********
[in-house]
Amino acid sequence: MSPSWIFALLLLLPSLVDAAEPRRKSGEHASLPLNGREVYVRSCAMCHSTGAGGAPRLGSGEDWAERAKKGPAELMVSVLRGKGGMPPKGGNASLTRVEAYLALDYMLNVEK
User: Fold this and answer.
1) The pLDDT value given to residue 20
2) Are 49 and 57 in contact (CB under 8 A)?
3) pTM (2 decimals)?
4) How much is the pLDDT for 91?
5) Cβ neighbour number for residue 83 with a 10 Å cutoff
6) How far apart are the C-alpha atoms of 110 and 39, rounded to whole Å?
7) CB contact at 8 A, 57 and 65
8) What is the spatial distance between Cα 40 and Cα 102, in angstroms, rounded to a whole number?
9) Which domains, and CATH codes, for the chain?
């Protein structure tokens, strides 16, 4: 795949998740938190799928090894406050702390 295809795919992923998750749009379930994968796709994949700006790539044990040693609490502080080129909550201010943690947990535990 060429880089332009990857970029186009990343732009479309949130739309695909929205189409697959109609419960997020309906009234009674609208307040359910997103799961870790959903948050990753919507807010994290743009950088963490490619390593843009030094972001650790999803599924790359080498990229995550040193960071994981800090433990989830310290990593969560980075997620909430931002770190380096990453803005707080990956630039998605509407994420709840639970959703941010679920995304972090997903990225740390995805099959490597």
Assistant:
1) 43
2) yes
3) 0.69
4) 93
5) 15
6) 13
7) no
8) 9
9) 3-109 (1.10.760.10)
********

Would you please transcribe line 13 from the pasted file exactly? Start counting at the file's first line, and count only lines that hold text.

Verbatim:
């Protein structure tokens, strides 16, 4: 795949998740938190799928090894406050702390 295809795919992923998750749009379930994968796709994949700006790539044990040693609490502080080129909550201010943690947990535990 060429880089332009990857970029186009990343732009479309949130739309695909929205189409697959109609419960997020309906009234009674609208307040359910997103799961870790959903948050990753919507807010994290743009950088963490490619390593843009030094972001650790999803599924790359080498990229995550040193960071994981800090433990989830310290990593969560980075997620909430931002770190380096990453803005707080990956630039998605509407994420709840639970959703941010679920995304972090997903990225740390995805099959490597």